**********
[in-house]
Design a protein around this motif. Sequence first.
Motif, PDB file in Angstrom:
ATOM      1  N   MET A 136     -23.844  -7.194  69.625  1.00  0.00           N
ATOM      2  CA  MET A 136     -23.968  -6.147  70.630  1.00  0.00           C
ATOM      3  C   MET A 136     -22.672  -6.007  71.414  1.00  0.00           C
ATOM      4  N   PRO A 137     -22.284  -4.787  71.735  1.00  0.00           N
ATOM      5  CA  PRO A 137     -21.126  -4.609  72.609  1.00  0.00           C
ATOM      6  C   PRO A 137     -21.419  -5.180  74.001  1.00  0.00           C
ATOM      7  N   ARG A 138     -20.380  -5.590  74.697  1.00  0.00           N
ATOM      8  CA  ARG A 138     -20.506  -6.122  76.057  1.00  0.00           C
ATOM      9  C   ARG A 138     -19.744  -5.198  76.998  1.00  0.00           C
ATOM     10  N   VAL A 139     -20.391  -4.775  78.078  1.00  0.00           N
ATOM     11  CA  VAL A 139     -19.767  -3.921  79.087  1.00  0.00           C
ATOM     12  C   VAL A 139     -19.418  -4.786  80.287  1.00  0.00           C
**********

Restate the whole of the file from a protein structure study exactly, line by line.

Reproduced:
[in-house]
Design a protein around this motif. Sequence first.
Motif, PDB file in Angstrom:
ATOM      1  N   MET A 136     -23.844  -7.194  69.625  1.00  0.00           N
ATOM      2  CA  MET A 136     -23.968  -6.147  70.630  1.00  0.00           C
ATOM      3  C   MET A 136     -22.672  -6.007  71.414  1.00  0.00           C
ATOM      4  N   PRO A 137     -22.284  -4.787  71.735  1.00  0.00           N
ATOM      5  CA  PRO A 137     -21.126  -4.609  72.609  1.00  0.00           C
ATOM      6  C   PRO A 137     -21.419  -5.180  74.001  1.00  0.00           C
ATOM      7  N   ARG A 138     -20.380  -5.590  74.697  1.00  0.00           N
ATOM      8  CA  ARG A 138     -20.506  -6.122  76.057  1.00  0.00           C
ATOM      9  C   ARG A 138     -19.744  -5.198  76.998  1.00  0.00           C
ATOM     10  N   VAL A 139     -20.391  -4.775  78.078  1.00  0.00           N
ATOM     11  CA  VAL A 139     -19.767  -3.921  79.087  1.00  0.00           C
ATOM     12  C   VAL A 139     -19.418  -4.786  80.287  1.00  0.00           C